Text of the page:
Three years ago when I was still in high school, I embarked on my first truly remarkable summer adventure.
First, I spent a week at Naval Academy Summer Seminar (NASS) following around a 3/C midshipman who seemed to embody everything I wanted to be two years later.
Immediately following NASS, I began a seven-week internship called the Honors Research Program. HRP included five weeks working on a research project ashore and two weeks embarked on the Exploration Vessel Nautilus in the Mediterranean Sea.
|MIDN 2/C Julia Arthur, left, and MIDN 1/C Rachel Berger on board Nautilus |
(Photo by Katie Bryden)
Nautilus is owned by the Ocean Exploration Trust, established by Dr. Robert Ballard – former naval officer and best known as the man who found the RMS Titanic and German battleship Bismarck, countless other shipwrecks, and discovered oceanographic breakthroughs such as hydrothermal vents.
By the time I returned home for my senior year of high school in September 2012, I had decided a few important things: USNA was my top choice of colleges, I wanted to study some form of oceanography, and I wanted to find a way to get back aboard the Nautilus at some point in the near future.
It is now September 2015. I am beginning my second class year, working through my major in oceanography, beginning my own research, and have only recently finished a five week internship back aboard Nautilus through the Oceanography Department – this time as a navigation intern beginning in the Galapagos Islands and transiting to San Diego, CA.
|The Nautilus navigation and bridge teams with MIDN 2/C Julia Arthur and|
MIDN 1/C Rachel Berger (Photo by Katie Bryden)
Now, if you told my 17-year-old self what exactly I got to do while aboard Nautilus this summer, I might legitimately have lost my mind. Over the course of the few weeks spent on Nautilus around the islands, we discovered potentially new species of fish and extremely rare corals, explored 14-meter-tall hydrothermal vent spires, and took enough biologic and geologic samples to fill multiple shipping pallets.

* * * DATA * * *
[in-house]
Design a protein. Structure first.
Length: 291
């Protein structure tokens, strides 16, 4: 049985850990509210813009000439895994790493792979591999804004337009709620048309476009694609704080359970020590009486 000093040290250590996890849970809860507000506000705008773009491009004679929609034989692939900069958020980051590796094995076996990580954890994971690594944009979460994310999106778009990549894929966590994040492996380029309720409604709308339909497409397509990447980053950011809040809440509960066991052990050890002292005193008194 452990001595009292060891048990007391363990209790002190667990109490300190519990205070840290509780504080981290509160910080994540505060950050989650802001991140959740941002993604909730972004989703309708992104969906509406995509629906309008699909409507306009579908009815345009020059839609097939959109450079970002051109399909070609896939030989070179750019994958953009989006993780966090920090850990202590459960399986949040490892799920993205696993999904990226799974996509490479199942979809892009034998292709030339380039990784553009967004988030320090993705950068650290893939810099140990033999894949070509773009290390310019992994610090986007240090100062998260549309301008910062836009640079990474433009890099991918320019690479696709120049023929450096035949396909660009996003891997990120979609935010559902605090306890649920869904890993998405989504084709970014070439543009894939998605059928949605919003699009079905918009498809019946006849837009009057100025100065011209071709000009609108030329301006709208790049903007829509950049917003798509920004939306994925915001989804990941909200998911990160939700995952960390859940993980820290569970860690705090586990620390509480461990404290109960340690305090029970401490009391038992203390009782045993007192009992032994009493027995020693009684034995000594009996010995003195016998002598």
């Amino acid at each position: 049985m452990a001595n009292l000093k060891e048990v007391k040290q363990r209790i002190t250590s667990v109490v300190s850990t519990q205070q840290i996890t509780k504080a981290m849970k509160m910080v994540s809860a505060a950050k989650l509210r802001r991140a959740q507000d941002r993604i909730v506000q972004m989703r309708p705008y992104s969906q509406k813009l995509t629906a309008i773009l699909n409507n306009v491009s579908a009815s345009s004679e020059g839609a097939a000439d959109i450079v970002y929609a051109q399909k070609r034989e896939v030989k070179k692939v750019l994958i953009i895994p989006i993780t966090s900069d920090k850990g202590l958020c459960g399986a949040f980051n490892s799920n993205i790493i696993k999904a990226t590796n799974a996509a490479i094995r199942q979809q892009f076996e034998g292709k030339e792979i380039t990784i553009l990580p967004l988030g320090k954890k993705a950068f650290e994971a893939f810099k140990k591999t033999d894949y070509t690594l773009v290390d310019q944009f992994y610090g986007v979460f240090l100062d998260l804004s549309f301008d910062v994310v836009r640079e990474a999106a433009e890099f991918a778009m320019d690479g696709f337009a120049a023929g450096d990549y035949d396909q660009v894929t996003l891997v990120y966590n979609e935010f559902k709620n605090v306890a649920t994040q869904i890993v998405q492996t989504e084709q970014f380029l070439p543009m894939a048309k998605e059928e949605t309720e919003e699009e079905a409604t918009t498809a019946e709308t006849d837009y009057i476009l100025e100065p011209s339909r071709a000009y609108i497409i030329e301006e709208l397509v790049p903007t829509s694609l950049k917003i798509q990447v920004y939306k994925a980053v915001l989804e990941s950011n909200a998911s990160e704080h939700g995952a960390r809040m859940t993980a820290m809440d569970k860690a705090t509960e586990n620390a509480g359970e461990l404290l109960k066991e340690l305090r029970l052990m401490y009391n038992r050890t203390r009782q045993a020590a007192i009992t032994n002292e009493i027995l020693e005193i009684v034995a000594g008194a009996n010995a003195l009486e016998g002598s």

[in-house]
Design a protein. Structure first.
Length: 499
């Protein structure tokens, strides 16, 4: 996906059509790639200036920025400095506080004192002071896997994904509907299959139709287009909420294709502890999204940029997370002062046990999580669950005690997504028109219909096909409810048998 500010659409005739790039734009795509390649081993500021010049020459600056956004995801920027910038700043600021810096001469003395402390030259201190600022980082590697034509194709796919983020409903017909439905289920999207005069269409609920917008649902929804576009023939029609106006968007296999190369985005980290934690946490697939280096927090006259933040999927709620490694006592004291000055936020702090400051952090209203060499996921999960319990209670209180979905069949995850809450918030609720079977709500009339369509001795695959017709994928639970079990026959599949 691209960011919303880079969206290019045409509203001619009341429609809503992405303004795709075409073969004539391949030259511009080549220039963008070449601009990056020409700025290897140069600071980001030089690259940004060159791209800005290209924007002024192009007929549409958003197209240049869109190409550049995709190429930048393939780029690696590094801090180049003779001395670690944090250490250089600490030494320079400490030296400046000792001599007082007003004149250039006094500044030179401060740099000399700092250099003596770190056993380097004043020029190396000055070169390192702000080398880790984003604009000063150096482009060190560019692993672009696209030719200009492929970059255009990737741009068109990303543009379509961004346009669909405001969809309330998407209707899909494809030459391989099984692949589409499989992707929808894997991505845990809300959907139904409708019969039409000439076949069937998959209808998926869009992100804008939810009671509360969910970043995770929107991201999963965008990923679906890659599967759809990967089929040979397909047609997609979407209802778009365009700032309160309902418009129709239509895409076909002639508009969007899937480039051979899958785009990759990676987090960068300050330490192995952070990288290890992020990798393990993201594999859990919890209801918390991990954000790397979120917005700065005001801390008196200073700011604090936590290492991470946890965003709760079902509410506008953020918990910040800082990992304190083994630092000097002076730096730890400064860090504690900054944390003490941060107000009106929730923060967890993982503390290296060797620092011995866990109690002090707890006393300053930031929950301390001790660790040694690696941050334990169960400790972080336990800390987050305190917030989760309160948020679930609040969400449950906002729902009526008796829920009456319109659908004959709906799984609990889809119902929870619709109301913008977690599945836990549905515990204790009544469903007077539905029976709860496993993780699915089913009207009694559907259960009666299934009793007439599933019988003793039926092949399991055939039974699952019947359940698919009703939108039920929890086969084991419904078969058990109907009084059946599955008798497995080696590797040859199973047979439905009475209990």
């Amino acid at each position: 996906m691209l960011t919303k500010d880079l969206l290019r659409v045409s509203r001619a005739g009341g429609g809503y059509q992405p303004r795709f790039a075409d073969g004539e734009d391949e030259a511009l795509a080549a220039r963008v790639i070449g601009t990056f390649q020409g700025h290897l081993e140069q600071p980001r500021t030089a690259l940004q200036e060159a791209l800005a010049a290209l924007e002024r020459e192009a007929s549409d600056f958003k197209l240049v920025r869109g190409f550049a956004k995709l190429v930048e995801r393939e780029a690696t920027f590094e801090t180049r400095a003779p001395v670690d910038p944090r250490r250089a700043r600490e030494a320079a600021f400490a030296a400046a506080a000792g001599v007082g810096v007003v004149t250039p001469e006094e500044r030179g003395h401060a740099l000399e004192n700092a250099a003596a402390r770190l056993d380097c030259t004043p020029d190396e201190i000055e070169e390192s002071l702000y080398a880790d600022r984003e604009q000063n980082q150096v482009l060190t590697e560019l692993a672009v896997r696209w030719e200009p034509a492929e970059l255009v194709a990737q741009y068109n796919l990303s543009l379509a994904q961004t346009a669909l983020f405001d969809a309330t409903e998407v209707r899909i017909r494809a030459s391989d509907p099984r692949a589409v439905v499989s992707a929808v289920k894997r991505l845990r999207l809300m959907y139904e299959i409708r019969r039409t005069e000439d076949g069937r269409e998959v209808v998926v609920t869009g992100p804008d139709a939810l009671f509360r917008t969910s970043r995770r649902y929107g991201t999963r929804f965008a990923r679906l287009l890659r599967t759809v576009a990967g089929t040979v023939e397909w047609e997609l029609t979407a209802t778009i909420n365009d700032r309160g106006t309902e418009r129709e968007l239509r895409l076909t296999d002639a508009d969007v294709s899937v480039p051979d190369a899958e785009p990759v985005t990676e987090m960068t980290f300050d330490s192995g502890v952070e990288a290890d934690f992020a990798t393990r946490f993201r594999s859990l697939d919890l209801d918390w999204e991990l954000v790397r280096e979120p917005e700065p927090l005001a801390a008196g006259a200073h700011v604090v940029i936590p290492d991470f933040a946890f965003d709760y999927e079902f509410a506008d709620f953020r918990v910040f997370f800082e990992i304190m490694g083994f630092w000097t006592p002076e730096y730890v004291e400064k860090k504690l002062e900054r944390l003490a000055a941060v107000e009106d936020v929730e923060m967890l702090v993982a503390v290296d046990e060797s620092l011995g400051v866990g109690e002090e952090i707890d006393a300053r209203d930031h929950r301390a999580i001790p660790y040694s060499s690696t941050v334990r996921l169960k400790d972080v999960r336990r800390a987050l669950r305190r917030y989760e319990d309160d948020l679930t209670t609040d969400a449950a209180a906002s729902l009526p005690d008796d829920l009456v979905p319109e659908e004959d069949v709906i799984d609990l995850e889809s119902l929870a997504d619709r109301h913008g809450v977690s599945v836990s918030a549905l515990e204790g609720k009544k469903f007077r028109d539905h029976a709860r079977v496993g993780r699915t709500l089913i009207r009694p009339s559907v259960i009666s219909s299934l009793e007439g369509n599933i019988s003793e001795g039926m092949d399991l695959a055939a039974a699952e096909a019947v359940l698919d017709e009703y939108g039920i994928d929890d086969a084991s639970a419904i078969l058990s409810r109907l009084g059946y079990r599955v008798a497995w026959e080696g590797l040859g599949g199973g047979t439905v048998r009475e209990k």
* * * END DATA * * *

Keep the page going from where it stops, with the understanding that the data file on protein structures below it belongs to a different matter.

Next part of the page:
And while science was the focus, these highlights don’t even begin to cover the time spent on the islands visiting lava tubes, swimming in “Las Grietas” lava fissure, touring the Charles Darwin Research Station, watching the eruption of Wolf Volcano, and enjoying the ubiquitous fur seals, birds, lizards, and tortoises native to the islands.
|MIDN 2/C Julia Arthur with Dr. Robert Ballard|
on board Nautilus
(Photoby Katie Bryden)
My second tour aboard Nautilus was not only my favorite summer training thus far, but also one of the most beneficial. My five weeks aboard gave me a great deal more than just experience in the navigator’s seat. Nautilus taught me what it takes to coordinate the position of a more than 200-foot ship with two large remotely-operated vehicles thousands of meters underwater; how to manage the completion of dive objectives while also understanding the dynamic and unpredictable nature of exploration; and adaptability, communication, and a type of real-world management and leadership that is difficult for the academy to provide to a 2/C midshipman during the school year.
The friends I made on Nautilus as a high school student have also taught me the unparalleled importance of quality mentorship. Nautilus’ “Corps of Exploration” is truly filled with men and women who are experts in their respective fields, and since leaving Nautilus in 2012, those men and women have provided ceaseless guidance, encouragement, and support.
This type of mentorship is exactly the “4,500 training 4,500” mindset the academy strives for, and I hope to have the opportunity to use my successes and failures as a student, athlete, explorer, and midshipman to mentor someone who hopes to find themselves in a position similar to mine one day.
For now, you can follow along with what Nautilus is exploring live on NautilusLive.org.